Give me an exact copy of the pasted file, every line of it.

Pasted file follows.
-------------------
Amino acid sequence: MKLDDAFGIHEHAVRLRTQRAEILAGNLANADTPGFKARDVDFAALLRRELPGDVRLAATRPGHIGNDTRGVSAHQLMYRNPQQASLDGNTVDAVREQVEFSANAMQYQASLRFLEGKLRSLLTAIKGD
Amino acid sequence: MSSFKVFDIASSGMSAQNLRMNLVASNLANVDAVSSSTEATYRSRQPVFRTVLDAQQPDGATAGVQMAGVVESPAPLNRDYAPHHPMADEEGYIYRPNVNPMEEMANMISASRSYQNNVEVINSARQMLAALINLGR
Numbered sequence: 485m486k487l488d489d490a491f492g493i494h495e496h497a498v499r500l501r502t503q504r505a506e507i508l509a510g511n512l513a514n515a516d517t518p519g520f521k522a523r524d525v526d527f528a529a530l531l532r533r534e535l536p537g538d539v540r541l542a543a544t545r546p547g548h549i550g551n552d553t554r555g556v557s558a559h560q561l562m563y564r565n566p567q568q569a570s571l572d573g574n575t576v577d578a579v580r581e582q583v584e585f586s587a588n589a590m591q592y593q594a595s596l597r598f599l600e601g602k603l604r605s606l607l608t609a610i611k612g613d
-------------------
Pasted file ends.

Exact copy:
Amino acid sequence: MKLDDAFGIHEHAVRLRTQRAEILAGNLANADTPGFKARDVDFAALLRRELPGDVRLAATRPGHIGNDTRGVSAHQLMYRNPQQASLDGNTVDAVREQVEFSANAMQYQASLRFLEGKLRSLLTAIKGD
Amino acid sequence: MSSFKVFDIASSGMSAQNLRMNLVASNLANVDAVSSSTEATYRSRQPVFRTVLDAQQPDGATAGVQMAGVVESPAPLNRDYAPHHPMADEEGYIYRPNVNPMEEMANMISASRSYQNNVEVINSARQMLAALINLGR
Numbered sequence: 485m486k487l488d489d490a491f492g493i494h495e496h497a498v499r500l501r502t503q504r505a506e507i508l509a510g511n512l513a514n515a516d517t518p519g520f521k522a523r524d525v526d527f528a529a530l531l532r533r534e535l536p537g538d539v540r541l542a543a544t545r546p547g548h549i550g551n552d553t554r555g556v557s558a559h560q561l562m563y564r565n566p567q568q569a570s571l572d573g574n575t576v577d578a579v580r581e582q583v584e585f586s587a588n589a590m591q592y593q594a595s596l597r598f599l600e601g602k603l604r605s606l607l608t609a610i611k612g613d